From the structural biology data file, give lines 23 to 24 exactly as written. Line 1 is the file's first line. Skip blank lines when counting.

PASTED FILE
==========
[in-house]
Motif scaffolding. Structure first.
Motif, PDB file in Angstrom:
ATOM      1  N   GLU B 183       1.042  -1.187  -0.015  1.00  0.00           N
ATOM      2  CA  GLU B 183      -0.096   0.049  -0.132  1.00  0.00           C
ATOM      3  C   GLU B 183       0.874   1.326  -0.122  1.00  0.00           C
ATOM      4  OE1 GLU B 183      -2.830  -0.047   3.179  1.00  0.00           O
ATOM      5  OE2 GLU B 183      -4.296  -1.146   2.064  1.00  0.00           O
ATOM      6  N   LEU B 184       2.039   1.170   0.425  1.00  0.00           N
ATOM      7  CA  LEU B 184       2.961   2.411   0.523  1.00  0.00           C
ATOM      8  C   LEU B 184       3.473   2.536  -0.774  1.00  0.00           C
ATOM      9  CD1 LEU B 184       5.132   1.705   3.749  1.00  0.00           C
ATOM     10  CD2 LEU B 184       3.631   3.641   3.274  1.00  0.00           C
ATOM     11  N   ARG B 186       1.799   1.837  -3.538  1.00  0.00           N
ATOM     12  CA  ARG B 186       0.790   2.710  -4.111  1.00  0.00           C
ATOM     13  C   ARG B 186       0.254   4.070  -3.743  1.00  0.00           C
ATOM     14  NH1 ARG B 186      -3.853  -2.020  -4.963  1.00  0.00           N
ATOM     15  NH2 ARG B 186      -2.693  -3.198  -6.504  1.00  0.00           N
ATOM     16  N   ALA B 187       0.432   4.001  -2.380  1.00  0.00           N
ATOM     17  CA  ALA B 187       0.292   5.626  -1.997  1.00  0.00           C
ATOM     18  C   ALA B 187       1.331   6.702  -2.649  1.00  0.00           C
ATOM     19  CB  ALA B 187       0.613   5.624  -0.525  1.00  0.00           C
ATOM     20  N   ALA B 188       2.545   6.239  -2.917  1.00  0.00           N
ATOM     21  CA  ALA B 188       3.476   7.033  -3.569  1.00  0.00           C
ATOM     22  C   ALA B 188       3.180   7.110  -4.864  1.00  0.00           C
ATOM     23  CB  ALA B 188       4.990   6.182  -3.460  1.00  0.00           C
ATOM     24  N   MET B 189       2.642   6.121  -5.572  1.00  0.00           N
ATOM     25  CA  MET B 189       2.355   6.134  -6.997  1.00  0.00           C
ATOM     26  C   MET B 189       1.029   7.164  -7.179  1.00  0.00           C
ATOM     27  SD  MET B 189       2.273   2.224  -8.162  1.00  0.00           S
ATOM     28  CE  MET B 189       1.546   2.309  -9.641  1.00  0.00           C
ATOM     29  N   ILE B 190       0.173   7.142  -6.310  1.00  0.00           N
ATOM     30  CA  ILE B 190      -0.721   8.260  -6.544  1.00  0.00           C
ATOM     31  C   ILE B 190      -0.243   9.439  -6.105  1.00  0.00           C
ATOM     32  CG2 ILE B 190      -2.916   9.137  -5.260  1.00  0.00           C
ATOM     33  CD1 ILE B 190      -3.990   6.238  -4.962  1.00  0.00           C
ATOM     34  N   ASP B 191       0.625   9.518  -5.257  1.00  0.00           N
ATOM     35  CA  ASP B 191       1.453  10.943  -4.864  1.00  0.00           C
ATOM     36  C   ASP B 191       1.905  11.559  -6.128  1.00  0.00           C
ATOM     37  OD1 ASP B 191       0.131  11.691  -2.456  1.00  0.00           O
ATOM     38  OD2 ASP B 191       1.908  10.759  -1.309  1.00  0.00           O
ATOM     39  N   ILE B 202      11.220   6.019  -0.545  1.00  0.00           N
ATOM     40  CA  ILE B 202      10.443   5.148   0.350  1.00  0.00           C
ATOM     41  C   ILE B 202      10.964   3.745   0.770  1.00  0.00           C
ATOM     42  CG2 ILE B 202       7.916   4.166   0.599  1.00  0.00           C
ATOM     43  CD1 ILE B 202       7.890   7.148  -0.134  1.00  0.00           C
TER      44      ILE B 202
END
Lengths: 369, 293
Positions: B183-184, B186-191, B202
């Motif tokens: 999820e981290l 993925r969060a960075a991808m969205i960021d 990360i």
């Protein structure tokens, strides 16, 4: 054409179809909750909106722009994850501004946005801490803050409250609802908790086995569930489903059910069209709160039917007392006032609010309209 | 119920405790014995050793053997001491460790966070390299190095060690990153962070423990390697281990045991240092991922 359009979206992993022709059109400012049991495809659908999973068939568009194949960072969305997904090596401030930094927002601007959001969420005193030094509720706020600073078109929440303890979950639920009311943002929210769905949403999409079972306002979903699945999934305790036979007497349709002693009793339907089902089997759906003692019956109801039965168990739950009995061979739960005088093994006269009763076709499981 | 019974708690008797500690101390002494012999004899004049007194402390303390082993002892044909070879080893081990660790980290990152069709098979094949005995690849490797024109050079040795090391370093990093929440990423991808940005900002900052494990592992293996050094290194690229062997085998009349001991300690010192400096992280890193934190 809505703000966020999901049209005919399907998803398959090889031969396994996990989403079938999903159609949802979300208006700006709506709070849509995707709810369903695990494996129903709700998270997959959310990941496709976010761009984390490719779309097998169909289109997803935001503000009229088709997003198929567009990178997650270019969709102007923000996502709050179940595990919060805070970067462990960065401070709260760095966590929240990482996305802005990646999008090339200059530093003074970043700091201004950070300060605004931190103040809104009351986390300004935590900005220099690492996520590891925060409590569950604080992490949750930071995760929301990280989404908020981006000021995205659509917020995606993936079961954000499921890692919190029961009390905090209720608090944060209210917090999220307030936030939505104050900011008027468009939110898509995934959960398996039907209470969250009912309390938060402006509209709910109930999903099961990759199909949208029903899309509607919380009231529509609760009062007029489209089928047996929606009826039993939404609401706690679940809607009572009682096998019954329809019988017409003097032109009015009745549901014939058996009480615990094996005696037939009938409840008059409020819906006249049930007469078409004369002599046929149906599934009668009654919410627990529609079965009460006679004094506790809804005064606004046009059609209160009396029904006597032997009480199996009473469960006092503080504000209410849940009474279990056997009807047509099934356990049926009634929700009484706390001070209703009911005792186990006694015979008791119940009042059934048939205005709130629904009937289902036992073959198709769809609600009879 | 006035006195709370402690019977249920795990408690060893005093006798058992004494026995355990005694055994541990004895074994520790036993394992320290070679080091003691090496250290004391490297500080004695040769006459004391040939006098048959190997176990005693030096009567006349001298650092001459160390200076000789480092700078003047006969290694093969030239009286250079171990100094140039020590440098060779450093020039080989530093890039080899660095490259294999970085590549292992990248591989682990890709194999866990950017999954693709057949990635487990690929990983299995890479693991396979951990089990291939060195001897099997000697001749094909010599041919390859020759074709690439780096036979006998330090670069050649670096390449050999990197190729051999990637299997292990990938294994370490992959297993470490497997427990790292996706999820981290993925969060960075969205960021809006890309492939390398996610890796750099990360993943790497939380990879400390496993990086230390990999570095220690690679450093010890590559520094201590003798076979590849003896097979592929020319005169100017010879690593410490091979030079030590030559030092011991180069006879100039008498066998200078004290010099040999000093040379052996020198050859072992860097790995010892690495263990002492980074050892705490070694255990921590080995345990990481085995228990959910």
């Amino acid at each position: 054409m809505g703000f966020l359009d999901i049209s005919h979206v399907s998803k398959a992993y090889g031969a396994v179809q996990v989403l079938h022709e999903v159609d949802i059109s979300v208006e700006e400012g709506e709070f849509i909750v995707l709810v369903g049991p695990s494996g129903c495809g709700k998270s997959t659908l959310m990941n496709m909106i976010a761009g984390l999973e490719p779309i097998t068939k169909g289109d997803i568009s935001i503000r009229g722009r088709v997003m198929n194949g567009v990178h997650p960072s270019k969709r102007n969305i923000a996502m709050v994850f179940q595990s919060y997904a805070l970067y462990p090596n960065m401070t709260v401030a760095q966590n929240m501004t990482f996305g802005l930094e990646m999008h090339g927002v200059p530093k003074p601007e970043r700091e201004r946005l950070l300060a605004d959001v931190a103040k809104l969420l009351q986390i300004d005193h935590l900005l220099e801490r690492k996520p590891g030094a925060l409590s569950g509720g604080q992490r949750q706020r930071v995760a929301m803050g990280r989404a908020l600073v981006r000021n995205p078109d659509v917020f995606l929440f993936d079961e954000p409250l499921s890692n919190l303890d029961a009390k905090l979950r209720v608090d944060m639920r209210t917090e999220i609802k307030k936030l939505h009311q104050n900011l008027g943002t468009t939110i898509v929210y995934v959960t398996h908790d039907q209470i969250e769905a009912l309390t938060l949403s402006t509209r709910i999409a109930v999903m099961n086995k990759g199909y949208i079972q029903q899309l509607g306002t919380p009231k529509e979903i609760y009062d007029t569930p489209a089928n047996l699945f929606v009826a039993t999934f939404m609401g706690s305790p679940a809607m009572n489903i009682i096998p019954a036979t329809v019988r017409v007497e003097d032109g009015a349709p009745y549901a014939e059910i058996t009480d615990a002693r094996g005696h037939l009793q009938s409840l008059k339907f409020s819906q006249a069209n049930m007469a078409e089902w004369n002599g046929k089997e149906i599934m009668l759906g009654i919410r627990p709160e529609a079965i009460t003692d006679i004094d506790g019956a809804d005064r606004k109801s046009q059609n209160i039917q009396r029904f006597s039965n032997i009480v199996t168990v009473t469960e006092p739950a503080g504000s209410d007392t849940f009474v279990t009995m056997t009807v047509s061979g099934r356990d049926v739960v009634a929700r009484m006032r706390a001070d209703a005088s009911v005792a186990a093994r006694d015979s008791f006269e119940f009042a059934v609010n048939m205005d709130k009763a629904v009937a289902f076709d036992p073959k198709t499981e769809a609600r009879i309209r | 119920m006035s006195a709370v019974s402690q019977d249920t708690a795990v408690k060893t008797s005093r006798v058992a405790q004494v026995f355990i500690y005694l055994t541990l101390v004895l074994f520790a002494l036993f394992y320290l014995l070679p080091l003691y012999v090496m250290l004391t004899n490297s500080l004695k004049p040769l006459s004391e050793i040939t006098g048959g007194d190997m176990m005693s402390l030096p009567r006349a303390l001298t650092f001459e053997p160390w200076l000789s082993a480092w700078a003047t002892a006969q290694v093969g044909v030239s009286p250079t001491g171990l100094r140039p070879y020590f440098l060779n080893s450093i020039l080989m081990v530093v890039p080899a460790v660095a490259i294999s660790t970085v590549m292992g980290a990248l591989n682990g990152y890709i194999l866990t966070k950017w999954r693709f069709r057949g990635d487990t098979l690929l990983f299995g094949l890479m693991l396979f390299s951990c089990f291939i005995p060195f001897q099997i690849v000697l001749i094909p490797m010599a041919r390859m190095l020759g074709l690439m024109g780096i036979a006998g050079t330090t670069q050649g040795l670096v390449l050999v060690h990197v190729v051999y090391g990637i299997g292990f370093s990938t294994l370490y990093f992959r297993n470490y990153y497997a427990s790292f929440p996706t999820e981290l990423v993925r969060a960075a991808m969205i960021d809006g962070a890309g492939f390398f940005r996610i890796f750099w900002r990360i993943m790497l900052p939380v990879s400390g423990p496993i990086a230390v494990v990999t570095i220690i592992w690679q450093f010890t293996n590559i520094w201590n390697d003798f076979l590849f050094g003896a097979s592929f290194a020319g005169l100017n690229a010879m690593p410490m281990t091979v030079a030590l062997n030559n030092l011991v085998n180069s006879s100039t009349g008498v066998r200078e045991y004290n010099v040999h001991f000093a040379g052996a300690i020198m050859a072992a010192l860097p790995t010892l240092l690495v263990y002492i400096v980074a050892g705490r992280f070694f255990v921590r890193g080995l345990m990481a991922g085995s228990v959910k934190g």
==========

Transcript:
ATOM     20  N   ALA B 188       2.545   6.239  -2.917  1.00  0.00           N
ATOM     21  CA  ALA B 188       3.476   7.033  -3.569  1.00  0.00           C